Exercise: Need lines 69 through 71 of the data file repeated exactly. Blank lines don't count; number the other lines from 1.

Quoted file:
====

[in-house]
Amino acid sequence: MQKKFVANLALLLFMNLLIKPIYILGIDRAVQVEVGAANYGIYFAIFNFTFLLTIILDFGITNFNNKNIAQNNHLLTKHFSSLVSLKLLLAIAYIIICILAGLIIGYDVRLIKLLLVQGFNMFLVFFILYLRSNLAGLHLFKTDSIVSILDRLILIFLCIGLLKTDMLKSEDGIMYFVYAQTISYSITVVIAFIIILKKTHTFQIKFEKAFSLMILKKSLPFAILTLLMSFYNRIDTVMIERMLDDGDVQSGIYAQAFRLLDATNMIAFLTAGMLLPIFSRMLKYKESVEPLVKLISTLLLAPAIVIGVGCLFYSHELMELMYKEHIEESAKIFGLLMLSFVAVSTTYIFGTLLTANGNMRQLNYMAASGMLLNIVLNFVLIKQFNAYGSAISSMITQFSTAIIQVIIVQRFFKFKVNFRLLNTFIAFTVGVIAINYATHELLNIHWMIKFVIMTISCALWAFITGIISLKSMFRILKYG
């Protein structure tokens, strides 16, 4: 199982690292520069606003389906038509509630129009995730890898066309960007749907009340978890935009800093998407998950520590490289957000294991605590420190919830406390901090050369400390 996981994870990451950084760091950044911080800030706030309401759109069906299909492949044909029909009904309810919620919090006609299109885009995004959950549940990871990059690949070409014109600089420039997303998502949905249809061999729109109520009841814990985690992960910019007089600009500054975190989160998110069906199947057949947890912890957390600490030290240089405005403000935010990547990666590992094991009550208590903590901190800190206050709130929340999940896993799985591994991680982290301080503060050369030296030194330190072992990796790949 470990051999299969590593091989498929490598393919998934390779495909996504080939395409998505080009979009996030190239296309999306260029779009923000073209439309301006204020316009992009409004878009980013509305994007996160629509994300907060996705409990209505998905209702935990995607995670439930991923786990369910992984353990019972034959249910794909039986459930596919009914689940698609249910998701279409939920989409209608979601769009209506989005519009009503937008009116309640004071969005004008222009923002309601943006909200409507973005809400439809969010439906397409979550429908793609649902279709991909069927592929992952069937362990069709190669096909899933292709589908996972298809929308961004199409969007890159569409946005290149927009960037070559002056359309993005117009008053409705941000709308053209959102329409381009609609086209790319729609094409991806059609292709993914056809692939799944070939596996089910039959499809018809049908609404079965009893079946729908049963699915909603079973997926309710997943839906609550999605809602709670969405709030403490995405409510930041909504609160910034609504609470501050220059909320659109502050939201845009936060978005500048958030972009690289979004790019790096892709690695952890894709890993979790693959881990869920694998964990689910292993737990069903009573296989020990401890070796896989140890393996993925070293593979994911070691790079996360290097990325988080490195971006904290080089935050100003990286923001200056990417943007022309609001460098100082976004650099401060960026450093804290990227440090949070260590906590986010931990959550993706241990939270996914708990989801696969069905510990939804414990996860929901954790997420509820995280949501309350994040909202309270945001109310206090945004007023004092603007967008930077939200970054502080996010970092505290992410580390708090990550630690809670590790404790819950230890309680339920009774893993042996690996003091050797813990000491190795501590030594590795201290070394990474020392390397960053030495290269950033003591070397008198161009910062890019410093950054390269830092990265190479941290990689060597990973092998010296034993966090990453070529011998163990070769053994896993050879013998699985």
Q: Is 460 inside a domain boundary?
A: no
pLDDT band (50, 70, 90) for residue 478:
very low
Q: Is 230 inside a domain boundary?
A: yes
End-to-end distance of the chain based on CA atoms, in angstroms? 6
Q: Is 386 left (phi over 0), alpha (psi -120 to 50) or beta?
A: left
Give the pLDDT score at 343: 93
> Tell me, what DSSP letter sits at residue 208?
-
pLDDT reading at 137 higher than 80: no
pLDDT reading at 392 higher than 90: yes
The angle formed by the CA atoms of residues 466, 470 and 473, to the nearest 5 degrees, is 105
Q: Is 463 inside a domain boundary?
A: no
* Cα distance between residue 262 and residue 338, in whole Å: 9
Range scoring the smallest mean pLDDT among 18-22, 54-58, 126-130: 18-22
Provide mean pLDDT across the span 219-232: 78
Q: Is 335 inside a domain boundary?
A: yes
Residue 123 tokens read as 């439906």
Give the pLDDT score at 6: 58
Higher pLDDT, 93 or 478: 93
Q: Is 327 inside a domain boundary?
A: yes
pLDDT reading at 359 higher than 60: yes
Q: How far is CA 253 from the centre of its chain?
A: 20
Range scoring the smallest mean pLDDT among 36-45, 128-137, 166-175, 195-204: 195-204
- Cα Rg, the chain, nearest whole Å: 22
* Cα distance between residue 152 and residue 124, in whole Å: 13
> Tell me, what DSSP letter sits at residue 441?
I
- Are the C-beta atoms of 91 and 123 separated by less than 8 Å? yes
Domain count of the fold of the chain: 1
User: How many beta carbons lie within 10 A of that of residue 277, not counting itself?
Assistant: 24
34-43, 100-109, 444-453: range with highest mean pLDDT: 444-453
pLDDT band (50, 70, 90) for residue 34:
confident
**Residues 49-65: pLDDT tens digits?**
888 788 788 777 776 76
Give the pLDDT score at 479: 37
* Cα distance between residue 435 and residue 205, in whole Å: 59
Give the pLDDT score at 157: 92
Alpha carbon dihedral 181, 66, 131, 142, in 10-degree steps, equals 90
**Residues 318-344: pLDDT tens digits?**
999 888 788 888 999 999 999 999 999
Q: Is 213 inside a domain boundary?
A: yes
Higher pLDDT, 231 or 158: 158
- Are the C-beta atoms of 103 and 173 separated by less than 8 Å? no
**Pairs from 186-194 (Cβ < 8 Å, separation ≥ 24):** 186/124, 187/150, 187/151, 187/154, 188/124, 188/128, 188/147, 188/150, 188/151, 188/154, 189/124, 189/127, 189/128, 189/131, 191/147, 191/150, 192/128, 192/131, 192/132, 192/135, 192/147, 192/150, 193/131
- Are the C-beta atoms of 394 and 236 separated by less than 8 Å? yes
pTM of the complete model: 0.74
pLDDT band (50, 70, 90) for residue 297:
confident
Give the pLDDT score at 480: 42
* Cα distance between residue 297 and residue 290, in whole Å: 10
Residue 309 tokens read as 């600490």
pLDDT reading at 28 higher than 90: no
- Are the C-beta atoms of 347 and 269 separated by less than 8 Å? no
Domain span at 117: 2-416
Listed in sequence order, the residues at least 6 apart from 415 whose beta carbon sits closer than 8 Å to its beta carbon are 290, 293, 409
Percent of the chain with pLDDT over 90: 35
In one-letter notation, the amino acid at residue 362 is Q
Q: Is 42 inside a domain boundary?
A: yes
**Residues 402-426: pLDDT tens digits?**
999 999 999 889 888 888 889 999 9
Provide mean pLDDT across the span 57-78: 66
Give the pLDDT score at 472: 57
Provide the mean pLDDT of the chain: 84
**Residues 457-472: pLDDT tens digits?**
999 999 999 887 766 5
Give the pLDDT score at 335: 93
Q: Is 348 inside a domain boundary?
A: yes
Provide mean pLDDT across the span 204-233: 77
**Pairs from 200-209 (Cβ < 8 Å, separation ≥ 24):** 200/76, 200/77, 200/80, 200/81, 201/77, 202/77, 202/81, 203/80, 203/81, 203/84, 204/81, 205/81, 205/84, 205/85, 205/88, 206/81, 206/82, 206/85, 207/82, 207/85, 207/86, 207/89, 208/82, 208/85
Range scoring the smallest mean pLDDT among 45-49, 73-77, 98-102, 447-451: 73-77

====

Listed in sequence order, the residues at least 6 apart from 415 whose beta carbon sits closer than 8 Å to its beta carbon are 290, 293, 409
Percent of the chain with pLDDT over 90: 35
In one-letter notation, the amino acid at residue 362 is Q